Three Miami women who say big banks fraudulently foreclosed on their homes claim they can't get justice in Florida courts. Having run out of possible remedies in the Sunshine State, they're headed to the Aloha State to join a class-action lawsuit unfolding in a Hawaiian federal court.
Ana Lazara Rodriguez, Julie Nicolas, and Maria Williams-James have joined five plaintiffs from Hawaii in a recently filed racketeering lawsuit against Bank of America and Bank of New York Mellon (BNY Mellon).
The plaintiffs, the majority who are people of color, allege that Bank of America and BNY Mellon engaged in discriminatory violations of the Fair Housing Act and the Racketeer Influenced and Corrupt Organizations (RICO) Act, according to a complaint filed late last month and attached to the end of this article.
The plaintiffs allege "systemic foreclosure frauds being committed by [Bank of America] and [BNY Mellon] utilizing a variety of separate schemes, to wrongfully take homes from Countrywide mortgagors in courts of equity, in open defiance to the rule of law that has existed for hundreds of years," according to the complaint. (Bank of America purchased Countrywide Financial in 2008, at a time when the behemoth home-mortgage lender was failing amid the subprime mortgage crisis.)
Rodriguez, who's 84 and a former political prisoner in Cuba, made local headlines last year when she was evicted from her longtime home in Miami's Little Gables neighborhood after it was sold out of foreclosure by BNY Mellon despite Miami-Dade County Mayor Daniella Levine Cava's attempts to intervene.
Both Nicolas, a home health nurse, and Williams-James, a retired schoolteacher, still live in their homes as they battle eviction post-foreclosure.
"It's affecting my life every day. Every day I'm in my home and I'm willing to make mortgage payments but the banks are refusing to accept them," Nicolas, a single mother of three, tells New Times. "You don't know what's going to happen. It's caused a lot of anxiety on my part."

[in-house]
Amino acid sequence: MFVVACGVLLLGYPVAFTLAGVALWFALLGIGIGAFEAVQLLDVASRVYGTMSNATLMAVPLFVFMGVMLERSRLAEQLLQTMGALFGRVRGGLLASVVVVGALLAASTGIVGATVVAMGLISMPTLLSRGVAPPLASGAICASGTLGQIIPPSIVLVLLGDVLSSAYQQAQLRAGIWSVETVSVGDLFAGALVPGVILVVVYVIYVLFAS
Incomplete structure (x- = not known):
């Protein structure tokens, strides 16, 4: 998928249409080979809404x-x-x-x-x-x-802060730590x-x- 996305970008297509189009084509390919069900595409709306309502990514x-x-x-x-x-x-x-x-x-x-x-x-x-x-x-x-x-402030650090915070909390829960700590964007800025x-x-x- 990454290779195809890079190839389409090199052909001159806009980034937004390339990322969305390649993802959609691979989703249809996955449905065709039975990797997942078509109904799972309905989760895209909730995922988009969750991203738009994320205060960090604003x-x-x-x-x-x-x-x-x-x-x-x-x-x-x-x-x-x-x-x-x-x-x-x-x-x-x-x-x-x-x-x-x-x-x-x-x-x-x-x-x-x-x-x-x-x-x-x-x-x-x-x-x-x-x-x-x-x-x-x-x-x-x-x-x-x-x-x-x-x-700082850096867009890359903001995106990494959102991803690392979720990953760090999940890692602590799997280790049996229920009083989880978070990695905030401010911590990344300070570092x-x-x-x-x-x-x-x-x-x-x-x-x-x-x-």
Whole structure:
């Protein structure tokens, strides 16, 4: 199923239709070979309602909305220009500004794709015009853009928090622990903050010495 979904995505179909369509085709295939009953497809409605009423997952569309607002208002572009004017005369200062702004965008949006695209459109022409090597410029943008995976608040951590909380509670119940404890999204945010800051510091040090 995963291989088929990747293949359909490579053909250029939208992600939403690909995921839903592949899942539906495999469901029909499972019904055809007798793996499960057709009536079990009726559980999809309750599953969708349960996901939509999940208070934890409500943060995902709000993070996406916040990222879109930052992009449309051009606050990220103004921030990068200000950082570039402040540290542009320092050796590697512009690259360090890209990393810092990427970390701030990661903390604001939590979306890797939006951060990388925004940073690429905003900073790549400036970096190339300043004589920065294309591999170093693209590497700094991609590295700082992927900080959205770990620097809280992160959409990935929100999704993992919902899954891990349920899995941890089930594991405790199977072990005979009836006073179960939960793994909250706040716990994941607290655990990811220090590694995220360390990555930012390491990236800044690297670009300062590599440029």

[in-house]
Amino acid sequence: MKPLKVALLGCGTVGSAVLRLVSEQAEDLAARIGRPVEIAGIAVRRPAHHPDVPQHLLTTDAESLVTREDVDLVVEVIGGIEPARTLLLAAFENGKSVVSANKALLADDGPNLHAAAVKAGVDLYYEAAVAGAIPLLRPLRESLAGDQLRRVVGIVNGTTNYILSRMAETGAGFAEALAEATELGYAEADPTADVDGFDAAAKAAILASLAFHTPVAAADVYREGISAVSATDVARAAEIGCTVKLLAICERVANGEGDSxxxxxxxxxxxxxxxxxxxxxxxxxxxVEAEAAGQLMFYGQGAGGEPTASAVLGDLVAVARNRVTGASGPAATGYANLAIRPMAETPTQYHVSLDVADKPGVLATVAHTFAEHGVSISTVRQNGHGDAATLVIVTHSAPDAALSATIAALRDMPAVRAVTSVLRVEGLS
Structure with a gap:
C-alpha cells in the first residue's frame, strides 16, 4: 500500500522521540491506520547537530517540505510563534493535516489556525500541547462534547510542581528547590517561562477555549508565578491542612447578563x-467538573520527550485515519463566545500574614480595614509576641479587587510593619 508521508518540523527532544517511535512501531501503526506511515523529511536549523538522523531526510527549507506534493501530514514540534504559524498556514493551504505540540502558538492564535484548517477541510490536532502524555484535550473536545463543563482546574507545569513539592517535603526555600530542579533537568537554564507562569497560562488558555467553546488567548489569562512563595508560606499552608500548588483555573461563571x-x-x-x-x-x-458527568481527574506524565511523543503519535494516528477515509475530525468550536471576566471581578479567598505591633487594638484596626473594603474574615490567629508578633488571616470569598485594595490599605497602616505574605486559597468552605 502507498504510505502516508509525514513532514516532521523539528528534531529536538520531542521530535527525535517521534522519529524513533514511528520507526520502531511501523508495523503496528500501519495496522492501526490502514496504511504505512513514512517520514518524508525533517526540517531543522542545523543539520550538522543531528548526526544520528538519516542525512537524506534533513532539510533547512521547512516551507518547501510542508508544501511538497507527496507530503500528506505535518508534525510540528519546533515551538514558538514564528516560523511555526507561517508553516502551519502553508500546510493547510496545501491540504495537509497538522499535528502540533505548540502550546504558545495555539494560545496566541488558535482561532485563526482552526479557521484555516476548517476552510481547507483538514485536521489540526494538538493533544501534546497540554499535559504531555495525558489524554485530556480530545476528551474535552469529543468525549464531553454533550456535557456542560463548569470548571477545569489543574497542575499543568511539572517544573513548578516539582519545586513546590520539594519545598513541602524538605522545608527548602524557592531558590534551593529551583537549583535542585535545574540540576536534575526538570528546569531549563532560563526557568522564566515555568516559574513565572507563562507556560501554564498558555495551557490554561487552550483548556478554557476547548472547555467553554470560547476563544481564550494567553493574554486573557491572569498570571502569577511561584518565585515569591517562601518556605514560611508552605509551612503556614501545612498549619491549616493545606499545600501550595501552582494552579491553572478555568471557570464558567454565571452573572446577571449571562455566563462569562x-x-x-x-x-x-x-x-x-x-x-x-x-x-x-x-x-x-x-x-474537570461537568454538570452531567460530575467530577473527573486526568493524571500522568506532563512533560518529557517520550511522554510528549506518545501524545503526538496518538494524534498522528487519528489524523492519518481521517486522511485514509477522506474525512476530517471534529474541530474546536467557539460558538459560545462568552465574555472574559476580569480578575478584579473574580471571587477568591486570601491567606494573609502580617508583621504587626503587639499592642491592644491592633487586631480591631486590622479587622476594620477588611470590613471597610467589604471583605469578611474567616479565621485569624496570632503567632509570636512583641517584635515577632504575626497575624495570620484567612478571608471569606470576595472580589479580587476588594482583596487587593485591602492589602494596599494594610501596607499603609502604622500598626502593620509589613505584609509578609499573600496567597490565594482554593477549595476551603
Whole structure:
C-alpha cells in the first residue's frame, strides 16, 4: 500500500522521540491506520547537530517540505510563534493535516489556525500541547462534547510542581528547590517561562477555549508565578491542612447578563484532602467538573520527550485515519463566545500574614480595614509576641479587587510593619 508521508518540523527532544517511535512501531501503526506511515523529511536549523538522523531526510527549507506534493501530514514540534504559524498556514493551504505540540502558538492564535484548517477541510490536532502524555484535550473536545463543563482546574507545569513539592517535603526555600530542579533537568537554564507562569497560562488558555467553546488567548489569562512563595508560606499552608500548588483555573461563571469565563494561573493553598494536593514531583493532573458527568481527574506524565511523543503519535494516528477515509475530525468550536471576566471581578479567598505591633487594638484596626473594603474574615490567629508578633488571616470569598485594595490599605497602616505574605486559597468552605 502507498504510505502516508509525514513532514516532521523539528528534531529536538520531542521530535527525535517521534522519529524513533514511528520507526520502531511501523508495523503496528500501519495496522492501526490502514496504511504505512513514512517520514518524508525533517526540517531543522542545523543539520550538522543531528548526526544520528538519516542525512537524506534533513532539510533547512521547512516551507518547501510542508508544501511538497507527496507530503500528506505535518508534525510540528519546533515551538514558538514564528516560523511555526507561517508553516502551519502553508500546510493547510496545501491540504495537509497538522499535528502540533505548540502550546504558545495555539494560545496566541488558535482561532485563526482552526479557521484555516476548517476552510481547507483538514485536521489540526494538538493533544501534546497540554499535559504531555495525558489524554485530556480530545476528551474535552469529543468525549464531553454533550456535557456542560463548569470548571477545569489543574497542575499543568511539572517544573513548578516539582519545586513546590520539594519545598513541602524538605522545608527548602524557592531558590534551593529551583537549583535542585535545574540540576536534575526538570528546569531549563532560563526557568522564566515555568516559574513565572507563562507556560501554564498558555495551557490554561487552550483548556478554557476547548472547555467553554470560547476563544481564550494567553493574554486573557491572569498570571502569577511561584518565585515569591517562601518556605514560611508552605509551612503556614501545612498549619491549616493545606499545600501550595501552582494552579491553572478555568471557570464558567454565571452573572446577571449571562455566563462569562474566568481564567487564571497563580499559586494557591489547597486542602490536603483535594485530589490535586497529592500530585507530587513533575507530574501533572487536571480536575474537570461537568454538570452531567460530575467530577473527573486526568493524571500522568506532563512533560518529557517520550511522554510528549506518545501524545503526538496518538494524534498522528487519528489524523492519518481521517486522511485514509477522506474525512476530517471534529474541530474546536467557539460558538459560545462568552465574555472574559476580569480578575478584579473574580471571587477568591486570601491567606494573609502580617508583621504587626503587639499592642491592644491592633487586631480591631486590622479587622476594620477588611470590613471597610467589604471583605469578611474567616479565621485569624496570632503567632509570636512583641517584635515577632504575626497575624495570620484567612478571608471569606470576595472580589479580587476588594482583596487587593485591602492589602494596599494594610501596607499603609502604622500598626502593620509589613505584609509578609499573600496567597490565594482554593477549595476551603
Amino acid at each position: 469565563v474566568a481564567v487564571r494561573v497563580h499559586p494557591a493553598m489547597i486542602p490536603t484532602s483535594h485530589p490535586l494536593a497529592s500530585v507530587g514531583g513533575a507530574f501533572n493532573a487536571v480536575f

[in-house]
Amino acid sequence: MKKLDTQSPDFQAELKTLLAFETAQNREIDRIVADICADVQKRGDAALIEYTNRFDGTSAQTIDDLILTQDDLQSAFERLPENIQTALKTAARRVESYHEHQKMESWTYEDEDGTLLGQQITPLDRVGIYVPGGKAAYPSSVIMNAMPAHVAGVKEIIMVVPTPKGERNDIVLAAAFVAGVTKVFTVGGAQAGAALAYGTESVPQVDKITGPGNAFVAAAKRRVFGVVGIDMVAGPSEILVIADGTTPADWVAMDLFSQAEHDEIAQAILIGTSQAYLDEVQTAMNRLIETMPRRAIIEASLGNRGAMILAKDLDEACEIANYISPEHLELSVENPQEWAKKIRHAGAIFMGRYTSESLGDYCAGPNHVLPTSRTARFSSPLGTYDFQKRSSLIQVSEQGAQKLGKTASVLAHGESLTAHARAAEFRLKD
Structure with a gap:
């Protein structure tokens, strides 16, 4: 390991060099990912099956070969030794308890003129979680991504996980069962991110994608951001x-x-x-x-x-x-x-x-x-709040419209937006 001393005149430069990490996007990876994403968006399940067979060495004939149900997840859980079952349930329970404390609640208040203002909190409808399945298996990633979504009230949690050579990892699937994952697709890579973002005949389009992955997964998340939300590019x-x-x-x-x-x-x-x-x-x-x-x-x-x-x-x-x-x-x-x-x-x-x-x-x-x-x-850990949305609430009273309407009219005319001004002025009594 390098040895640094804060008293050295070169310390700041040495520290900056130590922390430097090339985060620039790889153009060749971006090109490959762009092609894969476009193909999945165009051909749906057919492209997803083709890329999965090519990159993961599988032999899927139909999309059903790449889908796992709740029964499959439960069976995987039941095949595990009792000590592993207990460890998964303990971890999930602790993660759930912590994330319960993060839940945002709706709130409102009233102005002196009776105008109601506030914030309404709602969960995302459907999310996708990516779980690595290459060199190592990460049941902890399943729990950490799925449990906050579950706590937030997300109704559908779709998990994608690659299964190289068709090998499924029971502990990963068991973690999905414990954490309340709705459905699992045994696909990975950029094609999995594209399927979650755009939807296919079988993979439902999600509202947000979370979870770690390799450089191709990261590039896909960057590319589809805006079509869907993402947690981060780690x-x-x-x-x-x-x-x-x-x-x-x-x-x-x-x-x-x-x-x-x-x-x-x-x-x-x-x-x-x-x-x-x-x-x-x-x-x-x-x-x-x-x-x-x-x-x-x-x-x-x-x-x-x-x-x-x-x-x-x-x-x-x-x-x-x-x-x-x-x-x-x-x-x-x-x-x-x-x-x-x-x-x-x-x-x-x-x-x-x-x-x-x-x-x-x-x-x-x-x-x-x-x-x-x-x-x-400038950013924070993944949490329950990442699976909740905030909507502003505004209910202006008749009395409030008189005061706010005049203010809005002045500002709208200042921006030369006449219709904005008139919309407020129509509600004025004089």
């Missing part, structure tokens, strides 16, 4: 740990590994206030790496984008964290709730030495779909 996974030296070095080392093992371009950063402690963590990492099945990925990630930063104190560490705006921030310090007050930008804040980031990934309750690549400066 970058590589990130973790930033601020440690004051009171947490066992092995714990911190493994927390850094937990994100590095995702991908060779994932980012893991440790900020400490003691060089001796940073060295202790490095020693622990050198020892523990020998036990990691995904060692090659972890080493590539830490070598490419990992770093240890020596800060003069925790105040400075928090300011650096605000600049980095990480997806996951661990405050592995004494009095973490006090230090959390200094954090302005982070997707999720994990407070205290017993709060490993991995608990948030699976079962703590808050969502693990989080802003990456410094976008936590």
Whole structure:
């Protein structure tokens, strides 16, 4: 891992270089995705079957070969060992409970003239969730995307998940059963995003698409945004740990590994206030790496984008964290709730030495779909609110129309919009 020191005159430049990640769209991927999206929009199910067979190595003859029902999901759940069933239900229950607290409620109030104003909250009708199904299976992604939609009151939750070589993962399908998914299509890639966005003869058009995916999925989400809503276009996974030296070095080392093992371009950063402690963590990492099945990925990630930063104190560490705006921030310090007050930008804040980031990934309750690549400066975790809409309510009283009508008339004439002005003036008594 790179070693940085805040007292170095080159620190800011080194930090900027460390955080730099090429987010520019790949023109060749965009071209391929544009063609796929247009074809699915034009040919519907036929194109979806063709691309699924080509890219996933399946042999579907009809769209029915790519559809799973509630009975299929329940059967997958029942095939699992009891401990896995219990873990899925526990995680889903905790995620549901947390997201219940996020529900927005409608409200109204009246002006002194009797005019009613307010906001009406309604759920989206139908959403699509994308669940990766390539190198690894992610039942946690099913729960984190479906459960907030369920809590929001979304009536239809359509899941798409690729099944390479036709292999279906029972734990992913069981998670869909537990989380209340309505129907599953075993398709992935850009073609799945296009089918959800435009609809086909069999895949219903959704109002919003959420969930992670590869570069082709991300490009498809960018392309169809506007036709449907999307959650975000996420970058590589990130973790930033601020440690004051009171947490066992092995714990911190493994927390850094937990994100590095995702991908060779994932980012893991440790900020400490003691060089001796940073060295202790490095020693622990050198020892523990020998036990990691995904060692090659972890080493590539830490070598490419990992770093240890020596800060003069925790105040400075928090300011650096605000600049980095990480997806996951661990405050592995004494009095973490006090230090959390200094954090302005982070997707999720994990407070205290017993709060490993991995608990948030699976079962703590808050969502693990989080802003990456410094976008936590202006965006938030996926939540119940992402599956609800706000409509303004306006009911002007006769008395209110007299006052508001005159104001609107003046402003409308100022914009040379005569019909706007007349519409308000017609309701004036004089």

According to the complaint, Nicolas fell behind on her mortgage payments when her employer was audited and she went without pay for three months. When her pay was reinstated and she was given a raise, she applied for a loan modification, which she claims Bank of America denied as servicer of her loan.
The plaintiffs' Miami-based attorney, Bruce Jacobs, has alleged in numerous lawsuits that Bank of America and BNY Mellon have used fraudulent materials to foreclose on homes owned by vulnerable people of color.
The federal complaint alleges that the banks used "forged rubber-stamped mortgage note endorsements" and "false mortgage assignments" in each of the eight plaintiffs' foreclosures.
Reached by New Times via email this week, BNY Mellon declined to comment for this story.
Asked to respond to the allegations in the lawsuit, Bank of America spokesperson William Halldin told New Times the matters have already been dealt with in Florida courts.
"Each of these three matters has been thoroughly litigated in the courts and the current litigation is an attempt to rehash cases and theories that have previously been rejected," Halldin wrote in an email. "We've shared the relevant decisions with the New Times for inclusion in their story."
The foreclosures involving the three Miami plaintiffs were adjudicated in Florida circuit courts, where judges ruled in favor of the banks in each case. Jacobs has attempted to appeal the rulings but says judges in Florida's Third District Court of Appeals refuse to hear his arguments of fraud.
"The court has made it clear they are not willing to consider the fraud, and they're not willing to be fair and impartial," Jacobs contends.
Jacobs is also facing heat from the Florida Bar, in the form of a pending complaint for two instances stemming from comments he made in frustration about court responses to his allegations of widespread foreclosure fraud. He's accused of "[making] disparaging and reckless comments regarding the judiciary," a violation of the Bar's Rule 4-8.2(a): Impugning Qualifications and Integrity of Judges or Other Officers.
Despite the possible looming discipline, Jacobs was contacted by the Hawaii Fair Lending Coalition to serve as special counsel for its case against Bank of America and BNY Mellon.
Bank of America faces another major lawsuit in Hawaii for allegedly breaking a promise to lend $150 million in home loans to Native Hawaiians. The bank contends that it met its obligation through other means, such as lending to developers, according to a report published on the nonprofit news site Honolulu Civil Beat.